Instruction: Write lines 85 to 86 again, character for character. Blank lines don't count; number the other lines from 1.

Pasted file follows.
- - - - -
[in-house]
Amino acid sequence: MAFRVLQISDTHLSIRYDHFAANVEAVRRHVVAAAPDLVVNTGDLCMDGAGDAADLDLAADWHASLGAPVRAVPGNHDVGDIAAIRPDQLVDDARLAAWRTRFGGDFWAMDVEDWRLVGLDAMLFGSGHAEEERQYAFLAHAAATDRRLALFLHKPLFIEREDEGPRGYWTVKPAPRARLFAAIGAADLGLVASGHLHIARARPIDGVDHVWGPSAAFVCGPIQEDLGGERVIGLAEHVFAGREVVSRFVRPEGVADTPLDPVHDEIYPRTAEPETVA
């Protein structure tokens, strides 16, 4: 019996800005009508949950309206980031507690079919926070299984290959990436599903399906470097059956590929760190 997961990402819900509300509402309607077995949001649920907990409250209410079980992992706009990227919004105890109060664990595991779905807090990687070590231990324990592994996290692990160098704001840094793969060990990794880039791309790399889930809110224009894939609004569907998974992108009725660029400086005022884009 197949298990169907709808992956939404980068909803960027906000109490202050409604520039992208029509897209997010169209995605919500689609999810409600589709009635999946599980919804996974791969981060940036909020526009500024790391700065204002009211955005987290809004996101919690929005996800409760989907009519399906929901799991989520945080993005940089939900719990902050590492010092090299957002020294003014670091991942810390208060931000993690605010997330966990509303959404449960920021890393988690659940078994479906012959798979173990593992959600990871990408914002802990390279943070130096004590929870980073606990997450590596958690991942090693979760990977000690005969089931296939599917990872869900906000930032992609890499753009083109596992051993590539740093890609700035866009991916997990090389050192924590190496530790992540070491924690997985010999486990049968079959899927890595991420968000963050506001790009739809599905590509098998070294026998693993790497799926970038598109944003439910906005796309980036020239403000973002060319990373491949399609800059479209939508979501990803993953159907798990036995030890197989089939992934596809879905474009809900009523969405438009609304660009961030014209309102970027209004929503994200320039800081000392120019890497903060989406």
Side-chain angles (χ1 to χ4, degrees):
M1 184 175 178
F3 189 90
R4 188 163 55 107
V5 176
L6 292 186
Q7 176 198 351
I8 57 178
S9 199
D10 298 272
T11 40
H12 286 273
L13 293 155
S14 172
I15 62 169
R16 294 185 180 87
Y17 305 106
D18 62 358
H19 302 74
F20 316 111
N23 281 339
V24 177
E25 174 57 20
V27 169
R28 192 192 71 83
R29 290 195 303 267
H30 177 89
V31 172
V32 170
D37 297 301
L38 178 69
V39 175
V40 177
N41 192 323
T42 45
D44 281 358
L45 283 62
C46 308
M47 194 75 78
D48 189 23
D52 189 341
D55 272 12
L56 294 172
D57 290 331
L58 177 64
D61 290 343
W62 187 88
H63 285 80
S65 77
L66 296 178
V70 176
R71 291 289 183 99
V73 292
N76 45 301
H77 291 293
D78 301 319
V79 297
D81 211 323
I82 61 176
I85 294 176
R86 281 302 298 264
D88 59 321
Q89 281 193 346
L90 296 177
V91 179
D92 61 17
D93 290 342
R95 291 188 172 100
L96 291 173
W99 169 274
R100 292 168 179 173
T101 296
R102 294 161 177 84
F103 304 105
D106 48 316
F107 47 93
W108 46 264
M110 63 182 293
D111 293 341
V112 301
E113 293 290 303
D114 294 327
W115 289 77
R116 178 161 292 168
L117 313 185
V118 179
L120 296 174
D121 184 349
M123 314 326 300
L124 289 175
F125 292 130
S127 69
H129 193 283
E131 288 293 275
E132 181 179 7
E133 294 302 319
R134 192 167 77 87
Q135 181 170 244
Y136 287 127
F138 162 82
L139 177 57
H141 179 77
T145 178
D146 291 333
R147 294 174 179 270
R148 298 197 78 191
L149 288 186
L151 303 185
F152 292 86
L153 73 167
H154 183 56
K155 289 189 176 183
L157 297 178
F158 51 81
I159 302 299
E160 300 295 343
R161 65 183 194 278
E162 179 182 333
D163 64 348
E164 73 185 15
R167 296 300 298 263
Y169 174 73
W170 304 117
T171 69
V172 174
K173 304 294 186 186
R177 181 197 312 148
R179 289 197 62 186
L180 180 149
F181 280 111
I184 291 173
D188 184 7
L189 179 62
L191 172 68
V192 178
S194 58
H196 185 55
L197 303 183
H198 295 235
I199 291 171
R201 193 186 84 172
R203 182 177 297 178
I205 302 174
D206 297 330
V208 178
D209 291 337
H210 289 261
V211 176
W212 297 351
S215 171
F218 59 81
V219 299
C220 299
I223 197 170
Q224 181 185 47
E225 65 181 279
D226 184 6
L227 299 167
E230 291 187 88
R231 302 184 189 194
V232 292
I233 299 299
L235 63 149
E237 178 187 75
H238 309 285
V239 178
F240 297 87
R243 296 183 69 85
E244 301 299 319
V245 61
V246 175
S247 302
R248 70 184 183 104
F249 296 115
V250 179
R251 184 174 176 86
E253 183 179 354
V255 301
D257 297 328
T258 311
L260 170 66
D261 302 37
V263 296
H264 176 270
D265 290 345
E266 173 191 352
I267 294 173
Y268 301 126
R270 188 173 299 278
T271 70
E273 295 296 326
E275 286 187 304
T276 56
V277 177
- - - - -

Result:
D114 294 327
W115 289 77